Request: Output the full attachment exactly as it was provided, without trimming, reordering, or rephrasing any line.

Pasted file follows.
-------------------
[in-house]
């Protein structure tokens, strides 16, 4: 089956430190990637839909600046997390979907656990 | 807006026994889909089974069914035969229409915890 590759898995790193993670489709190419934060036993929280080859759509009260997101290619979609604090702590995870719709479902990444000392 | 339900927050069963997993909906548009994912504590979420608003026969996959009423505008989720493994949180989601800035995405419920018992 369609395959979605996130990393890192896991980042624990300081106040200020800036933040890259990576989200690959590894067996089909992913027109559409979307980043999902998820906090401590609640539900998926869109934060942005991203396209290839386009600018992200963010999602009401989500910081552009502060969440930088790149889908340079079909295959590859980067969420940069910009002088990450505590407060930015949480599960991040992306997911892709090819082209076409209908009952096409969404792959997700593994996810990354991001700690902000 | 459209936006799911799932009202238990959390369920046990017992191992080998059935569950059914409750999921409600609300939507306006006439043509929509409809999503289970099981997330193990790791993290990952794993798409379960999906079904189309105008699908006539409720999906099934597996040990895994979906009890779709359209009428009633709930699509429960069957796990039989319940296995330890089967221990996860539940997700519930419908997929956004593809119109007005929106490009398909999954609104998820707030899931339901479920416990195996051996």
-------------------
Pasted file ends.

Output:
[in-house]
């Protein structure tokens, strides 16, 4: 089956430190990637839909600046997390979907656990 | 807006026994889909089974069914035969229409915890 590759898995790193993670489709190419934060036993929280080859759509009260997101290619979609604090702590995870719709479902990444000392 | 339900927050069963997993909906548009994912504590979420608003026969996959009423505008989720493994949180989601800035995405419920018992 369609395959979605996130990393890192896991980042624990300081106040200020800036933040890259990576989200690959590894067996089909992913027109559409979307980043999902998820906090401590609640539900998926869109934060942005991203396209290839386009600018992200963010999602009401989500910081552009502060969440930088790149889908340079079909295959590859980067969420940069910009002088990450505590407060930015949480599960991040992306997911892709090819082209076409209908009952096409969404792959997700593994996810990354991001700690902000 | 459209936006799911799932009202238990959390369920046990017992191992080998059935569950059914409750999921409600609300939507306006006439043509929509409809999503289970099981997330193990790791993290990952794993798409379960999906079904189309105008699908006539409720999906099934597996040990895994979906009890779709359209009428009633709930699509429960069957796990039989319940296995330890089967221990996860539940997700519930419908997929956004593809119109007005929106490009398909999954609104998820707030899931339901479920416990195996051996």